By Nadine Matthews, Special to the AFRO
Many people talk about what they would go to the ends of the earth to do. For actress Nicki Micheaux, the desire to create a better world is more than just talk. Micheaux has literally gone to the ends of the earth in an effort to make the world a better place.
“I did a volunteer trip to Zimbabwe a few years ago and I worked at an orphanage. It was very eye opening. We were working with the older girls and trying to help them maneuver into society,” Micheaux tells the AFRO.
Micheaux says this without any fanfare but Zimbabwe, where the South Atlantic Ocean meets the Indian Ocean, is one of the southernmost nations in the world. Perhaps most widely known for the controversial dictatorship of Robert Mugabe, it lies, just north of South Africa and west of Mozambique. Micheaux did her volunteer work at the renowned Rose of Charity Orphanage founded by a mom and concerned citizen, Sima Moyo, to help the numerous orphaned children in the area.
For Micheaux, who is the mom of an eight year-old and thirteen year-old, her experience in Zimbabwe is just one chapter in a life story where “giving back” has been a central part of her identity and sense of purpose. She has worked with international charity Oxfam for many years. “They’re a great, solid voice for women because Oxfam talks about how we need to lift women and really understand that if you lift the women up, you lift up the culture. No matter what country you’re in, if the women aren’t educated then you lower the entire society. If you lift the woman, you lift everybody.”
Micheaux, a longtime actress known for her work in fare such as family drama “Lincoln Heights,” “Animal Kingdom,” the HBO comedy “Veep” and “Castle” will soon be seen in the wacky, yet charming, pulp drama “Lowlife” due for release in theaters and on digital platforms April 6. Lowlife centers around Micheaux as Crystal, a woman in possession of scarce resources dealing with the consequences of her checkered past and the pressures of her current life dedicated to a man who is, perhaps, not worthy of her love.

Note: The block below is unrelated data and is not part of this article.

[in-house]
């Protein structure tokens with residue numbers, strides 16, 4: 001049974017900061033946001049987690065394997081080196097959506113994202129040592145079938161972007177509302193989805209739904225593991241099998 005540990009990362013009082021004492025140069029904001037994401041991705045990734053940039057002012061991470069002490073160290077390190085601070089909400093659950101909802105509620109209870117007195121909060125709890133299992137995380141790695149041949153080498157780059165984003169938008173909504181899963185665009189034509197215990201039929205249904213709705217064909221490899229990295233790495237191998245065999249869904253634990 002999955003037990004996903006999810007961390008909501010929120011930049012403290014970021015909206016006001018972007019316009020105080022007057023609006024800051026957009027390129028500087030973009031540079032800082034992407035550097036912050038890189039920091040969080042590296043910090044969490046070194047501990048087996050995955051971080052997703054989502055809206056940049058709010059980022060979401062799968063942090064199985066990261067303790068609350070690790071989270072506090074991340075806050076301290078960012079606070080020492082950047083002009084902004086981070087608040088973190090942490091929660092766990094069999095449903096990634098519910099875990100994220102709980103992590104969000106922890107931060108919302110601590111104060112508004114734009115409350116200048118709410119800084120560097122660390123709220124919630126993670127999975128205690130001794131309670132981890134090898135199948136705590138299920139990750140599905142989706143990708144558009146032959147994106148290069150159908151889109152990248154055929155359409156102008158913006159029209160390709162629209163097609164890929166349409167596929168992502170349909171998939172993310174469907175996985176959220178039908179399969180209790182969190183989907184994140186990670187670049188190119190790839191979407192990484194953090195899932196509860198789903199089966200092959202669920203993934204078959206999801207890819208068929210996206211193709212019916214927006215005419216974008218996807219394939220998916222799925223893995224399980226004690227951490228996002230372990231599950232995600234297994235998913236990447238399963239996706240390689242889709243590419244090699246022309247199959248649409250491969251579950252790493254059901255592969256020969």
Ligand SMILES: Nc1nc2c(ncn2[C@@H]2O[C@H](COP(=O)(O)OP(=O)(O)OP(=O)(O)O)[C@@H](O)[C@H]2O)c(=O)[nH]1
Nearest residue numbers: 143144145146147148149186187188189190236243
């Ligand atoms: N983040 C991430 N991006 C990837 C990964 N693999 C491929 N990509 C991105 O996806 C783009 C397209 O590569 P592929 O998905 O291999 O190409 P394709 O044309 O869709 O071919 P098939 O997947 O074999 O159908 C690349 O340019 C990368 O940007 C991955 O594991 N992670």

Crystal encounters a succession of out of this world characters as the story unfolds. Micheaux describes her character as, “Someone with a lot to overcome. I looked at Crystal and asked ‘Why did she make these mistakes? What would it take for me to end up with my drunk husband running a hotel?’ It was a great challenge to see how small could I make her. ”
For fans of Micheaux, “Lowlife” might seem as something of a departure. Though being in projects that could be considered edgy is not new, “Lowlife” goes to a whole new level. Micheaux reveals she has always been a fan of stories that push the envelope and characters that eke out existences on the margins of society.
Early in her career, she was a temporary receptionist at Miramax Films. She says she does not have a #meetoo story about former Miramax head Harvey Weinstein. “One of the first scripts I read,” she recalls, “was Pulp Fiction. I just loved it. I remember reading the script and thinking the characters were so defined, I could hear them. It was like when you read a good novel and you hear the characters kind talking to you? They seem so alive. It just really jumped off the page. So it’s funny. I have always wanted to work for Quentin Tarantino.”